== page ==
American Tori Bowie won the women’s 100 metres world title on Sunday making up for her silver in last year’s Olympics while Rio gold medallist Elaine Thompson struggled home in fifth place.

The 26-year-old made up metres on long time leader Marie-Josee Ta Lou of the Ivory Coast to edge her with the final dip on the line. Bowie fell to the ground after crossing the line and initially it was Ta Lou who celebrated only for the board to say otherwise.

“I had no idea that I had won,” said Bowie, who has a habit of hurling herself at the line in major championships finals having done a similar thing in the Olympic 200 metres final last year which saw her take the bronze. “The only thing I knew was that tonight I was going to lay it all on the line.”

Bowie admitted that perhaps she should stop diving or dipping like that given the pain she was feeling. “The dive doesn’t feel too good now,” she said. “But that has saved me in the past at championships...I never give up until I am over the line.

“Ta Lou went very fast but she always does so I wasn’t worried and I kept to my race. “I have a few cuts and bruises but I will now focus on the 200 metres.” The Netherlands’ Dafne Schippers finished third while hot favourite and 100 metres Olympic champion Thompson faded to fifth.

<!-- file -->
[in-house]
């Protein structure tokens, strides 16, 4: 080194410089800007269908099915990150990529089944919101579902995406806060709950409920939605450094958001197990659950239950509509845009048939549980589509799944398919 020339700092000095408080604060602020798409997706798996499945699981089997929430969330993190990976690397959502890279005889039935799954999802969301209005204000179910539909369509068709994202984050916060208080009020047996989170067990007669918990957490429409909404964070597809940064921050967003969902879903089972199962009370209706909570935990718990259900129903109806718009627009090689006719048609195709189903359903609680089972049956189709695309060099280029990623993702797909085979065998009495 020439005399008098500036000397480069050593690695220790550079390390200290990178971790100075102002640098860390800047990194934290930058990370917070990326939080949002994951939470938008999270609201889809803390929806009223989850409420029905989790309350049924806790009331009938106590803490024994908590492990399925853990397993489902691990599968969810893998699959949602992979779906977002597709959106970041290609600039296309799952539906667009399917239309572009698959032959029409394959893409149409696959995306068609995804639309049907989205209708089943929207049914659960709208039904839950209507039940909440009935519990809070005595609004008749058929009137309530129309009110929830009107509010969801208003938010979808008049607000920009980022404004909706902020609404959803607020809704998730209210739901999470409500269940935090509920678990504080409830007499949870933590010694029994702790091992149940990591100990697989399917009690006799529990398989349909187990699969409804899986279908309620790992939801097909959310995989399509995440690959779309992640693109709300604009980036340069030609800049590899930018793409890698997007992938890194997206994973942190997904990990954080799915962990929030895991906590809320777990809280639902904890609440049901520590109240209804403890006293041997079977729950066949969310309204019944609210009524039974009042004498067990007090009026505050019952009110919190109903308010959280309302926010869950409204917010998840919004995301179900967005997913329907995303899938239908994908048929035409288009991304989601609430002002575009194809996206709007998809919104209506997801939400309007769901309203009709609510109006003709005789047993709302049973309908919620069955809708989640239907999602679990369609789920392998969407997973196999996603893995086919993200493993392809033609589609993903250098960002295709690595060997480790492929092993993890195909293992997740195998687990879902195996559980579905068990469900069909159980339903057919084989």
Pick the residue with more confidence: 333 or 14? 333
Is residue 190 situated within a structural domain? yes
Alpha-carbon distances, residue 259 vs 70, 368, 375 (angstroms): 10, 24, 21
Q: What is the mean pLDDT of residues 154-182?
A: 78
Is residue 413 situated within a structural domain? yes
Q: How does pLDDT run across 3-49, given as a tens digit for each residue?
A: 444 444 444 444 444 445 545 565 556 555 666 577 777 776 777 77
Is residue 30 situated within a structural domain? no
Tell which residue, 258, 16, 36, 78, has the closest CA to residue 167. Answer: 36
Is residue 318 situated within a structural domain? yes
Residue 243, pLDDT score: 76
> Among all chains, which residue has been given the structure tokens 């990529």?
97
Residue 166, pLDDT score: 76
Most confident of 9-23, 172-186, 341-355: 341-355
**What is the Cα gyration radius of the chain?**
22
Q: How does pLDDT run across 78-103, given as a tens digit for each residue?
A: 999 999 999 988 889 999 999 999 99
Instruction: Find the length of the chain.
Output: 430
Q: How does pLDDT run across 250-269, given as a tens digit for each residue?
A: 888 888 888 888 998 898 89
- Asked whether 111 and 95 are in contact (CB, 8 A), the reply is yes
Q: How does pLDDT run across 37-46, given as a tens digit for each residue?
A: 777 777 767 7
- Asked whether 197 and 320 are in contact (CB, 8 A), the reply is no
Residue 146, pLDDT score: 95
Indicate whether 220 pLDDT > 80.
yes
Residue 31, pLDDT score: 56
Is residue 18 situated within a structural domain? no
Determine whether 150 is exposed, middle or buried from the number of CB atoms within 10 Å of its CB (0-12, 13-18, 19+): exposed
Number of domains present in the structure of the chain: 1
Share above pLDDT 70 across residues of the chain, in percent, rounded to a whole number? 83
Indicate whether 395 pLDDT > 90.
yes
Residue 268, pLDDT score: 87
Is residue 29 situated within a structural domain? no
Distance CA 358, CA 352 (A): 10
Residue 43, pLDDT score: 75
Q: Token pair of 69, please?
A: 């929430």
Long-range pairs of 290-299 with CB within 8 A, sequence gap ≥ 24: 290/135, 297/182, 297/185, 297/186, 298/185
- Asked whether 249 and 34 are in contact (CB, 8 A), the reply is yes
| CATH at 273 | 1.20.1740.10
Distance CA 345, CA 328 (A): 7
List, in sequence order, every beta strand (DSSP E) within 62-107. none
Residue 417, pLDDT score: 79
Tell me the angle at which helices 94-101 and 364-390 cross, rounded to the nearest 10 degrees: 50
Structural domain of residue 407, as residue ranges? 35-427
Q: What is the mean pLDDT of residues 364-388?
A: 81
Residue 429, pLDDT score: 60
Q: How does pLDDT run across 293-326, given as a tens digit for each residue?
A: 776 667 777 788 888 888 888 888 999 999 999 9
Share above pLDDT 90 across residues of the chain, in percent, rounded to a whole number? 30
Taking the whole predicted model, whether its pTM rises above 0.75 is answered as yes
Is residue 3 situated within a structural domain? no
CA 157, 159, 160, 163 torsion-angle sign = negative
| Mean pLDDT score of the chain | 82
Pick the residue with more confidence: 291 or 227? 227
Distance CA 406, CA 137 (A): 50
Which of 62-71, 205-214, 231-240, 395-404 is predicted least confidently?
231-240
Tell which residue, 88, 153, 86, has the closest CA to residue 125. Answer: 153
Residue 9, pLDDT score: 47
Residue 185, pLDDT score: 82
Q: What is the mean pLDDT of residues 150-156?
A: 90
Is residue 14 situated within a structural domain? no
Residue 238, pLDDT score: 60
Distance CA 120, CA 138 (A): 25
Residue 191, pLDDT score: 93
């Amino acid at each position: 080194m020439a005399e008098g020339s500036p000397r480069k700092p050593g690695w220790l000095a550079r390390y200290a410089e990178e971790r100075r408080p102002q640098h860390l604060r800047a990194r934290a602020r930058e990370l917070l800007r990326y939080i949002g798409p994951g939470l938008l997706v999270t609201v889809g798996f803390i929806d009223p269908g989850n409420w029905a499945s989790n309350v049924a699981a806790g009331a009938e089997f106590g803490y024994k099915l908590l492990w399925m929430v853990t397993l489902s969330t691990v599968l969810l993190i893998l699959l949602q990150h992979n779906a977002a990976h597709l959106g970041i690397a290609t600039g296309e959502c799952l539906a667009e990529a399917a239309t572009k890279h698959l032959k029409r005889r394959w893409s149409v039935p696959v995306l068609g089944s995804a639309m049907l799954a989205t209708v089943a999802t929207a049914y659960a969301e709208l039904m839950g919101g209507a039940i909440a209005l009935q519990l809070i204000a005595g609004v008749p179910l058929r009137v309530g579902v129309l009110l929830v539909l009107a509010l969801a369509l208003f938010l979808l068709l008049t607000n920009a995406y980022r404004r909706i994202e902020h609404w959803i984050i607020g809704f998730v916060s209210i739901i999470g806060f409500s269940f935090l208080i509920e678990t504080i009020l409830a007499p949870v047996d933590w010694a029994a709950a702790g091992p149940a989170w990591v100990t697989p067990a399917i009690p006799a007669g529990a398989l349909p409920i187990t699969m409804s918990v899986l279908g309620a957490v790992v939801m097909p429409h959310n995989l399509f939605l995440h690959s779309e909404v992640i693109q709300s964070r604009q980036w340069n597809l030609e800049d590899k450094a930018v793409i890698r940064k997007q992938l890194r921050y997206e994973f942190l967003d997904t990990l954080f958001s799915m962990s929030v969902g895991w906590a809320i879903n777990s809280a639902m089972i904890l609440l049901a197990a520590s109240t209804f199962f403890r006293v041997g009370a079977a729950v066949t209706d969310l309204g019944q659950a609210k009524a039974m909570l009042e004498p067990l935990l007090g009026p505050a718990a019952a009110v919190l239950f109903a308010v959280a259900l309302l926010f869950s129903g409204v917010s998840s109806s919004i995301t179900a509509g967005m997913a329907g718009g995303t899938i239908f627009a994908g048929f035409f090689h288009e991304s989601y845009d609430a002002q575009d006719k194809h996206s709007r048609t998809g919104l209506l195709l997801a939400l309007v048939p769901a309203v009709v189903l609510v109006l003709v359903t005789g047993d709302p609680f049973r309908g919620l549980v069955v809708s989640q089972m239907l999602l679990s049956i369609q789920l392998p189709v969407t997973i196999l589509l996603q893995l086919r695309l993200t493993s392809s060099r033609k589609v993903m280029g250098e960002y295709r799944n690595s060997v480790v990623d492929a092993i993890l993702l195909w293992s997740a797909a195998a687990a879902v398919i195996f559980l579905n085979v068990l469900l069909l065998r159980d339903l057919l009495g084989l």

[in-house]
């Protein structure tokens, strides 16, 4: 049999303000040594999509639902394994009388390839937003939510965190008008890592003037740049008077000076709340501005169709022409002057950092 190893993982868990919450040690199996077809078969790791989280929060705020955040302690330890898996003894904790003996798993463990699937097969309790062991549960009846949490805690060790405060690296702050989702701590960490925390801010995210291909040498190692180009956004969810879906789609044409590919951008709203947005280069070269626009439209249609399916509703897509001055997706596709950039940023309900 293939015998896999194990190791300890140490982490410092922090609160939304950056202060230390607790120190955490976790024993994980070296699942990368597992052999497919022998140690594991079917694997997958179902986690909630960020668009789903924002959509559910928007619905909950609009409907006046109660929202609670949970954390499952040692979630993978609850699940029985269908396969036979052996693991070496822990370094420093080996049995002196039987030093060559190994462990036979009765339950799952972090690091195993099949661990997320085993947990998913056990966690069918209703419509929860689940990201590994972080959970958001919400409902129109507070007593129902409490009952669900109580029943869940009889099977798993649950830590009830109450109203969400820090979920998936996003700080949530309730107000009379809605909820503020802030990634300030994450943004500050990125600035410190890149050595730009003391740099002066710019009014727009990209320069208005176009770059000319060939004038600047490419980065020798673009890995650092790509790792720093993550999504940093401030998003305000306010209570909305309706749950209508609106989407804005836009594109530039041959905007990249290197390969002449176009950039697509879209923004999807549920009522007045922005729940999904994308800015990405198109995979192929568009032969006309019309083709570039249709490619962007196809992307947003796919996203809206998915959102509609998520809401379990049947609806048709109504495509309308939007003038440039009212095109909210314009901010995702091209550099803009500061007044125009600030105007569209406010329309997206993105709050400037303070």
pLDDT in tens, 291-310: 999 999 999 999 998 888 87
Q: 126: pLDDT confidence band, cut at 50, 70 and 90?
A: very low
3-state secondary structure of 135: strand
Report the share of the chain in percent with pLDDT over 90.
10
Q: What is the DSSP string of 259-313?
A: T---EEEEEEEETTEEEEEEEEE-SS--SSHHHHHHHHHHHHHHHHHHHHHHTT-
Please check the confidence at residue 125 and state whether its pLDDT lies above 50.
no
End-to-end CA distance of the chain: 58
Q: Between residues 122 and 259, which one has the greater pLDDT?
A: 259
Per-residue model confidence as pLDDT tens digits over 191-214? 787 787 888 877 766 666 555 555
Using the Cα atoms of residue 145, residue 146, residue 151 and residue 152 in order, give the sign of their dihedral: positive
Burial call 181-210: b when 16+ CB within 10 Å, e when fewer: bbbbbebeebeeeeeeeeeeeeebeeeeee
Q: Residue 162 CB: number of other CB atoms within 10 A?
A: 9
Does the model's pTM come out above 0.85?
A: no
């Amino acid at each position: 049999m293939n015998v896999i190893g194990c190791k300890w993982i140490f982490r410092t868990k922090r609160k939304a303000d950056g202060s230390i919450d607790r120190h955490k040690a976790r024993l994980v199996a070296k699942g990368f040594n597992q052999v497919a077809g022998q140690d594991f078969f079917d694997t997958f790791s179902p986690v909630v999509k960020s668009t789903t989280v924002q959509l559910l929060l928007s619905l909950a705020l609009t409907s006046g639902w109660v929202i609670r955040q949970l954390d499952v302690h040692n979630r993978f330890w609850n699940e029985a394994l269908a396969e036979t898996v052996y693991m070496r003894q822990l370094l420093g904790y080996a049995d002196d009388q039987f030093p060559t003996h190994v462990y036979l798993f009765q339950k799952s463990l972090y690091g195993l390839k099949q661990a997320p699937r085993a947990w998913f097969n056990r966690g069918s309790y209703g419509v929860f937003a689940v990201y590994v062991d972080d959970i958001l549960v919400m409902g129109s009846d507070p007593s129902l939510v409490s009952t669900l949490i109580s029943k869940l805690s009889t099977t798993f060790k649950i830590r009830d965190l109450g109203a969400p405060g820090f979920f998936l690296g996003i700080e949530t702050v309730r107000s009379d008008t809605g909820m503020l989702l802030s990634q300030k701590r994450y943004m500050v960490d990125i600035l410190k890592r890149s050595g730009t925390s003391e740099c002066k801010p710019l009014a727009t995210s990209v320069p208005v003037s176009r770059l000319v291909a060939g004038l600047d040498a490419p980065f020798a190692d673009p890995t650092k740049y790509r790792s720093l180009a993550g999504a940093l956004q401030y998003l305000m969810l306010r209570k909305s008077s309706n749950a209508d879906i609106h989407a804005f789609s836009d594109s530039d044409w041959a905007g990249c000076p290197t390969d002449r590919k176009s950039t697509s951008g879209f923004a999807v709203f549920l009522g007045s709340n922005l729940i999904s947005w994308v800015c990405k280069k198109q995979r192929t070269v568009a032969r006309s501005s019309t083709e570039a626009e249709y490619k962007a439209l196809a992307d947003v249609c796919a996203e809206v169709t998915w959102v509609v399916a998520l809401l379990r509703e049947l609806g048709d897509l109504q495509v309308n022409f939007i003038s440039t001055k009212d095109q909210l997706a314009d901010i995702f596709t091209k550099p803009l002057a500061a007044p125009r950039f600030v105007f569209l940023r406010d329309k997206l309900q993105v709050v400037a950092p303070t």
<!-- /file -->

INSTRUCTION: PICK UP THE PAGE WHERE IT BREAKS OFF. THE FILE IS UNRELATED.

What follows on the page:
The 25-year-old Jamaican had started well but by halfway she had been swallowed up and was unable to find an extra gear as she had done most of the season. Thompson, who will not race the 200m at the world championships, was gracious in defeat.

“I have to give those three girls a lot of credit so big congratulations to them,” she said. “I don’t know what happened I just wanted to get a good start but they raced well. I didn’t execute my race which is a shame but I am healthy at least.”

Ta Lou emerged as the clear leader but Bowie ate into her advantage and then produced the dip of her life to take the title from under the diminutive Ivorian’s nose. “It is a dream come true,” said Ta Lou. “I didn’t expect to be in the top three because all the other girls have the power.”

Ta Lou’s compatriot and 2013 world double sprint medallist Murielle Ahoure also suffered frustration in being edged out of bronze by Schippers, who will look to retain her world 200m title later in the week. “From lane nine I was far away from my competitors so I am very happy to get a medal from the outside lane,” said the statuesque 25-year-old Dutchwoman.

“My start was not great. The blocks were slightly down when I drove out. Maybe I was unfortunate. But I made it back into the race.”